the saga of sloopy


Here Comes The Night, the new Bert Berns biography by Joel Selvin, is valuable in so many ways, weaving Berns’ story into the whole ’60s pop/R&B scene in New York City, proving just how much mileage you can get from repositioning the chords of “La Bamba,” and sharing some classic rock anecdotes, such as how The Dave Clark 5 heard The Strangeloves do “Hang On Sloopy” on some shared gig and announced their intention to go back to the U.K. to cut it as a single. The guys in The Strangeloves scrambled to beat the DC5 to the market by slapping together and producing a recording session with The McCoys. And how Phil Spector botched the first recorded version of “Twist and Shout,” by The Top Notes, and Berns later took a shot at salvaging it with The Isley Brothers (who weren’t so wild about the idea of cutting a twist record).

History is so much fun.Think about what we would have been deprived of if those records by The McCoys and The Isley Brothers hadn’t been cut, the hundreds of ways just those two songs have been revisited over the past forty years. Here Comes The Night is populated by great characters — Leiber & Stoller, Van Morrison, Neil Diamond, Jerry Wexler — and I’ve spent quite some time with the discography, filling in gaps in my Freddie Scott and Barbara Lewis collections.

A few years ago, I wrote a post about the enduring life of a girl named Sloopy, prompted by a piece of music criticism. I thought that in honor of this new study of Berns’ drive, talent and influence, that I’d run it again. Forgive the repetition if you happened to stumble on it earlier.


Most people don’t know, I’d imagine, that Fox News blowhard Bill O’Reilly has dipped his toes into the waters of rock punditry, going into a critical lather about the song “Hang On Sloopy” in one of his many books:

“I simply could not get past the incredibly dumb central theme. Sloopy sounded like a dog’s name. To this day, I have never heard of a human being named Sloopy. Truly, the words of this song drove me nuts.”

Let’s examine this.

First, what possessed Mr. O’Reilly to share his thoughts re: “Hang On Sloopy” with his adoring public? Why is he so irritated, all these years later, by the fact that the singer refers to his girlfriend from the bad part of town as Sloopy? It is obviously a term of affection (the original song was called “My Girl Sloopy”), a pet name, as it were.

And what is this “central theme” of which O’Reilly speaks? Lyrically, it is a typical ’60s tale of romance overcoming economic disparity and parental disapproval, set to foolproof chord changes. Are the values expressed in the song inherently liberal? Too permissive? Is the message too defiant of society’s norms? The ‘60s were replete with tales of lovers of divergent financial circumstances — “Rag Doll,” “Down In the Boondocks” — choosing romance despite those differences.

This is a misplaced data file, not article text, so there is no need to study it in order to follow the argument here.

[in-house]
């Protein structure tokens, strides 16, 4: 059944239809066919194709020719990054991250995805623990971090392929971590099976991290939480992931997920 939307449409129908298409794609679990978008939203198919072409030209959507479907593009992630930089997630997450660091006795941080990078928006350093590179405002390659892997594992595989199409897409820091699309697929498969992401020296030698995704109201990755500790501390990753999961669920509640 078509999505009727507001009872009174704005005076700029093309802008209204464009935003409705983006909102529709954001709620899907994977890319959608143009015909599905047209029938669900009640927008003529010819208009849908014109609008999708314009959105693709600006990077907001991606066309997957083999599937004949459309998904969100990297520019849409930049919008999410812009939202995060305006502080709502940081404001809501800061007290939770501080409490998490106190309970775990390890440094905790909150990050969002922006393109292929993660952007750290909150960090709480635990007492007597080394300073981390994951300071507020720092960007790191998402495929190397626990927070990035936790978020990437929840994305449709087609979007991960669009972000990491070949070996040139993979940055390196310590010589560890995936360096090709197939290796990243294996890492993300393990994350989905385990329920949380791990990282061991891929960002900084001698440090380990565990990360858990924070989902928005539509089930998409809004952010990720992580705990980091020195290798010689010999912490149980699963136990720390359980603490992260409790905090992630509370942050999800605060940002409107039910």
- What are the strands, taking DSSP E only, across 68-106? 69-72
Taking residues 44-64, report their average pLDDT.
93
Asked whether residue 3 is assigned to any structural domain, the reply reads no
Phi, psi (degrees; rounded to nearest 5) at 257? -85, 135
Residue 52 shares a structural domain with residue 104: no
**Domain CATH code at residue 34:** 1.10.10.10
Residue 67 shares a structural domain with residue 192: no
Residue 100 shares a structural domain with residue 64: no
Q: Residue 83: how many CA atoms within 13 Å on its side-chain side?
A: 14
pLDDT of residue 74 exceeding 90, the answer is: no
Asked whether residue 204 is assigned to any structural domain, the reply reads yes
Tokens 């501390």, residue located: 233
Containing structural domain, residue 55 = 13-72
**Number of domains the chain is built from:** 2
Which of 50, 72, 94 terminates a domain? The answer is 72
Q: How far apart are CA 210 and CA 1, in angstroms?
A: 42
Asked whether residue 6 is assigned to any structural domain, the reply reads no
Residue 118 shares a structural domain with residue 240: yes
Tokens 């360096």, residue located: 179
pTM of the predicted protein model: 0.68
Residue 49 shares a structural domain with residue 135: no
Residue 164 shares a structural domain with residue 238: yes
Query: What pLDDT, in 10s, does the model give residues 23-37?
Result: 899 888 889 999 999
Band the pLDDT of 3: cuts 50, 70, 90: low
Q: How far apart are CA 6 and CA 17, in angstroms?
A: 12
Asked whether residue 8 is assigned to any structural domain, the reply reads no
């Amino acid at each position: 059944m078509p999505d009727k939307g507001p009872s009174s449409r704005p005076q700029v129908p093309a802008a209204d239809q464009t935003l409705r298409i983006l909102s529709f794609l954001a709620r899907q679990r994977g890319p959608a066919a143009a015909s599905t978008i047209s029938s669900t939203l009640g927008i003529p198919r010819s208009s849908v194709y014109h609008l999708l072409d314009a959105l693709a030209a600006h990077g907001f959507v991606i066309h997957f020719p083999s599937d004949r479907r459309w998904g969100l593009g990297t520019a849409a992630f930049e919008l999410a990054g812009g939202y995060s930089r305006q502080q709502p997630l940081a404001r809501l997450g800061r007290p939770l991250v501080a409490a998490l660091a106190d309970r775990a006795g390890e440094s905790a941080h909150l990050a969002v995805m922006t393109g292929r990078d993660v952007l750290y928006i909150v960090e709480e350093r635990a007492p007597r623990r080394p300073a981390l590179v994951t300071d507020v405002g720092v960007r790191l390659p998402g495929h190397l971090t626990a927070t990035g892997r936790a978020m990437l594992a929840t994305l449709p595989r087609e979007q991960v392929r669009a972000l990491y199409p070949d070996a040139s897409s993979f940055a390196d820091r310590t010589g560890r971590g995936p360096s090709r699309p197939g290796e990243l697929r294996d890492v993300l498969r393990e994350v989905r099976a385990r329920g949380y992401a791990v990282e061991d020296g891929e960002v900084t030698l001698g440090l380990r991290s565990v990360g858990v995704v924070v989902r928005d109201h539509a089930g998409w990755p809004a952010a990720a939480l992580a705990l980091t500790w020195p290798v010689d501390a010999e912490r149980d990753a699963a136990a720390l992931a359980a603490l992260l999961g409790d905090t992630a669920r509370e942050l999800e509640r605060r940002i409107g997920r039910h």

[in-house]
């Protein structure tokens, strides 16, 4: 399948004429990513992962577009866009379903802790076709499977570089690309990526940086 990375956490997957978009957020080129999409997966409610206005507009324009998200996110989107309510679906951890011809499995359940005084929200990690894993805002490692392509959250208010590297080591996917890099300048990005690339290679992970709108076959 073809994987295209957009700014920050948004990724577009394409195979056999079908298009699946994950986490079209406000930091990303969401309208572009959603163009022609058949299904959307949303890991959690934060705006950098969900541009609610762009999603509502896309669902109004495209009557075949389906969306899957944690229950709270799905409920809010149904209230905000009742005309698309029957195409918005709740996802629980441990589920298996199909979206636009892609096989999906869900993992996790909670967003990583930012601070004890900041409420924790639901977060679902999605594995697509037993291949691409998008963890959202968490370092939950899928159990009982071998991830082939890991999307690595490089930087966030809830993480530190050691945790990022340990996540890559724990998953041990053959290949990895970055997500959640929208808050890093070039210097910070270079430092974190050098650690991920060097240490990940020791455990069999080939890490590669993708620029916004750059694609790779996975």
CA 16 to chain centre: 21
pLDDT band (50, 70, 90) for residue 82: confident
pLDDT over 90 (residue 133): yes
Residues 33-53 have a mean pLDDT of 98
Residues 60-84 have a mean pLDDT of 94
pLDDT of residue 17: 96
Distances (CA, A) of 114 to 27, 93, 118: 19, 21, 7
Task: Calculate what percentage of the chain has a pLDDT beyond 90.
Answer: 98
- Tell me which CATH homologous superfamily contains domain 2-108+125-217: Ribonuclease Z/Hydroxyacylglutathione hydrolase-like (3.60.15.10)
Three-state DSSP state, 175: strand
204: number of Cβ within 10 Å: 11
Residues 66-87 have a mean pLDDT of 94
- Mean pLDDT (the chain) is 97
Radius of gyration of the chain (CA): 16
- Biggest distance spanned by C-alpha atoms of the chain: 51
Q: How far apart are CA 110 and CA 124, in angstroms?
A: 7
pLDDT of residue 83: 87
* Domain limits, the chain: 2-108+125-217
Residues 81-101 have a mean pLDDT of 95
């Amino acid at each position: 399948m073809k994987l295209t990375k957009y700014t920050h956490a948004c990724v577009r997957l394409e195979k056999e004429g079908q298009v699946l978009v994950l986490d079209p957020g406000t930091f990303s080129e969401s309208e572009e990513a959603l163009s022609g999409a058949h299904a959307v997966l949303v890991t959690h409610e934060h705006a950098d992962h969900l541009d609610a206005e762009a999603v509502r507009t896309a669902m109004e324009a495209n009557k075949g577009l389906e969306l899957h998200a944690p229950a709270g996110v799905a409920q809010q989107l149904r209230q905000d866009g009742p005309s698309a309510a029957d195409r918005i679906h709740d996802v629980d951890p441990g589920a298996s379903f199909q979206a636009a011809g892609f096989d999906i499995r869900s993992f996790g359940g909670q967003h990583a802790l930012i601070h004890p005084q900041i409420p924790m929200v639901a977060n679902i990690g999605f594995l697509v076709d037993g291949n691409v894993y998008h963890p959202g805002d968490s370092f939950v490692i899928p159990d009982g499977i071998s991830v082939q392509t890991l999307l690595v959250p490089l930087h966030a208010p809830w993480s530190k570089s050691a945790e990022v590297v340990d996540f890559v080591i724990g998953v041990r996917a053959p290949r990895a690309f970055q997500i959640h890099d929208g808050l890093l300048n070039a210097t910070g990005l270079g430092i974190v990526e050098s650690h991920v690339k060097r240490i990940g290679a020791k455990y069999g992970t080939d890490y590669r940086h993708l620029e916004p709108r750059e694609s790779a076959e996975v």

We can assume — because O’Reilly seems like an AM-Pop kind of guy — that it’s The McCoys’ recording that rankled him, rather than the more R&B predecessor by The Vibrations or the LP track by The Yardbirds. (And we know he wasn’t buying UK LP’s by The Downliners Sect.) But The McCoys were hardly an offensive bunch of kids; there was no raunch or excessive innuendo in young Rick Derringer’s lead vocal, even in the extended version, where he waxes appreciative about the dress worn by Sloopy. He does invite Sloopy to “shake it.”

Maybe it’s the sloppy grammar (“Sloopy I don’t care what your daddy do”)? Are those the words that drove O’Reilly nuts? In which case, we have found the cultural object that made him into a lunatic.

Anyway, it’s a classic rock song, and Mr. O’Reilly is wrong about it, as he is about so, so many things. I have around fifty versions of “Hang On Sloopy” in my iTunes library, and in looking for one or two to illustrate this piece, I was frustrated by the attempt to chose. There are some nifty instrumentals (Basie, Ramsey Lewis, Quincy, The Ventures), but “Hang On Sloopy” without words sounds like a lot of other ‘60s songs with the same basic riff and rhythm (e.g., “Game of Love” by Wayne Fontana & The Mindbenders). The Jan & Dean version has the virtue of the Wrecking Crew on hand, but it’s kind of tame overall. The only Motown take I know is from Supremes A Go-Go, and you might think the Hitsville musicians could nail that riff to the floor, and it turns out to be just another Motown throwaway album track.

Springsteen or Petty live? Or one of the medleys that the song’s all-purpose beat lends itself to (The Kingsmen, Iggy Pop, Sandy Nelson and Johnny Thunders all link it to “Louie Louie,” a natural mate — Louie, meet Sloopy — and John Eddie’s done it yoked to “Twist & Shout”)? No, best to leave Sloopy on her own. David Porter, of the Stax team of Hayes & Porter, does an 11-minute soul monologue on the sterling qualities of Sloopy: in his version, she does out on the dance floor in a dress fastened by safety pins, and the garment comes undone in front of everybody (I swear). The Remains and The Swingin’ Medallions are favorites in the garage-frat genre, and the session guys who played on Dylan’s Blonde On Blonde, as Colonel Jubilation B. Johnson and His Mystic Knights Band, start off the song with a Tarzan yell and then tear the whole thing apart to a Salvation Army beat like “Rainy Day Women.”

I have arrived at this: A live rave-up by The Yardbirds (Jeff Beck on guitar and backing vocals) and, as a bonus cut, the record that started it all, by The Vibrations.

two nights